How To Install TYPO3 CMS On Ubuntu

About TYPO3

If you want to create your own website Free , Fast and Easy, Typo3 is the best solution for your needs.

Typo3 is the one of the best CMS (content management system) on the internet. It allows you to easily set up flexible blogs and websites on top of a MySQL backend with PHP processing. Typo3 has seen incredible adoption and is a great choice for getting a website up and running quickly.

Typo3 offers many features as :

  • Open Source Enterprise CMS
  • Scalable Web Application Framework
  • Large, active global community
  • User friendly with unlimited extendability
  • Integrated Development and Editing Workflows

For more information, you can visit the website of Typo3.

This tutorial explains the process of installing Typo3 7.1.0 on Ubuntu 14.04 in the form of a simple-to-follow guide.


This guide is based on Ubuntu 14.04 server. Before you start install of Typo3, you need to to have LAMP server (Apache, PHP, and MySQL) configured on your website server.

sudo apt-get install apache2 mysql-server php5 libapache2-mod-php5 php5-gd php5-curl libssh2-php

While Apache, PHP, and MySQL have already been installed, you can start the installation.

Database and MySQL user creation for your website

You start the creation of your website by setting up the mysql user and database.

You need to have the password of the MySQL root user.

Log into MySQL:

mysql -u root -p

After successful authenticated, you need to create the database for the Typo3 Website.


The database Name is typo. You will need this information later.

Now, you should create the database administrator.

CREATE USER typoadmin@localhost IDENTIFIED BY 'typopassword';

Next, you need to give this user  permissions to administer the database you created.

GRANT ALL PRIVILEGES ON typo.* TO typoadmin@localhost;

You need to flush the privilege information to disk to activate the new MySQL user:


PHP and Apache Configuration

Next, you need to make some configuration in PHP Apache file.

Open the Apache PHP configuration file with sudo privileges in your text editor:

sudo nano /etc/php5/apache2/php.ini

Search for the expose_php directive and the allow_url_fopen directive and set them both to “Off”:

. . .
expose_php = Off
. . .
allow_url_fopen = Off
max_execution_time = 240
post_max_size = 10M
upload_max_filesize = 10M
. . .

Save and close the file when you are finished.

Next, you need to enable rewrite functionality for your Apache server.

To enable mod_rewrite modules, type this command:

sudo a2enmod rewrite

This module will be enable the next after reboot of Apache service.

But before restarting the Apache service, you need to make some change in the virtual host file to allow the use of an .htaccess file.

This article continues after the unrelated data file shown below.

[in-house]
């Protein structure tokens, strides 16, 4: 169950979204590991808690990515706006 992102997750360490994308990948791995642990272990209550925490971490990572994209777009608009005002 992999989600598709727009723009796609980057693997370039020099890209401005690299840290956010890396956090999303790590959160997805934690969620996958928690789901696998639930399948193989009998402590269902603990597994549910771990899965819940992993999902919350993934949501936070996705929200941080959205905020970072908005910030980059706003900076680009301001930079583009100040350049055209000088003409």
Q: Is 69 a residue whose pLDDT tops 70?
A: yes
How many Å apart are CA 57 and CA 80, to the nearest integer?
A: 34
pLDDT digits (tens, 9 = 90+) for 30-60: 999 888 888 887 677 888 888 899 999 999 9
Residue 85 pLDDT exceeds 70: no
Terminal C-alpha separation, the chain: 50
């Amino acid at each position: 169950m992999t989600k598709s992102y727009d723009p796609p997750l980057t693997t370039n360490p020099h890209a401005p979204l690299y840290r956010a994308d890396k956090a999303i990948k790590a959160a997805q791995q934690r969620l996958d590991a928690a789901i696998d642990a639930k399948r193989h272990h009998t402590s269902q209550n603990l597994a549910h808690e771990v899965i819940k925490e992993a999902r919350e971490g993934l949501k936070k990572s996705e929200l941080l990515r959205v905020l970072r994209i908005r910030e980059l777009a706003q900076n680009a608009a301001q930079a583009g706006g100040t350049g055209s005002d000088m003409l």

So, open the virtual host file which contain the actual rewrite rules and will include by default in the Typo3 installation.

sudo nano /etc/apache2/sites-enabled/000-default.conf

In this file, you must add a directory block that redirect into your web root.

Maybe you need also ServerName directive to point to your domain name and change the ServerAdmin directive to reflect a valid email address:

<VirtualHost *:80>
   DocumentRoot /var/www/html/
      <Directory /var/www/html/>
         Options Indexes FollowSymLinks MultiViews
         AllowOverride All
	 Order allow,deny
         allow from all
   ErrorLog /var/log/apache2/
   CustomLog /var/log/apache2/ common

Download and Install Typo3

Now that our system is ready, we can start the installation of Typo3 into our web root.

Back on your server, change to your tmp directory and use wget to download the project file using the link you copied:

cd /tmp

once the download is finished start the process by , extracting the application directory using this command:

tar xzvf typo*

Now, you need to copy  the newly extracted directory structure into the web root directory of your server and it’s recommended to use the rsync utility to safely copy all of the files into the web root directory of your server. We are using the dot in this command to specify the current directory. This is necessary in order to copy some hidden files that we need:

cd typo*
sudo rsync -avz . /var/www/html

Now you can check that has been copied, into the web root directory.

cd /var/www/html
ls -lsa

Make the document root and the Typo3 files and directories in it writable by the Apache service which is running as user ‘www-data’ and group ‘www-data’ by executing the following command:

chown www-data:www-data -R /var/www/html/

After finished this step, to enable the new configuration you need to restart your Apache server.

sudo service apache2 restart

Web Install Typo3

Now that you have your files in place and your software is configured, you can complete the installation through the web interface.

In your web browser, navigate to your server’s domain name or public IP address:


You will see the Typo3 initial configuration page.


Now give the values of the database created above.


Now select the database which we have created before.


Next you  need to set the password in this screen and choose a name for your website.


Click Continue one last time and the installation will be completed:


Now click Open the backend It will direct to your newly-installed TYPO3 system.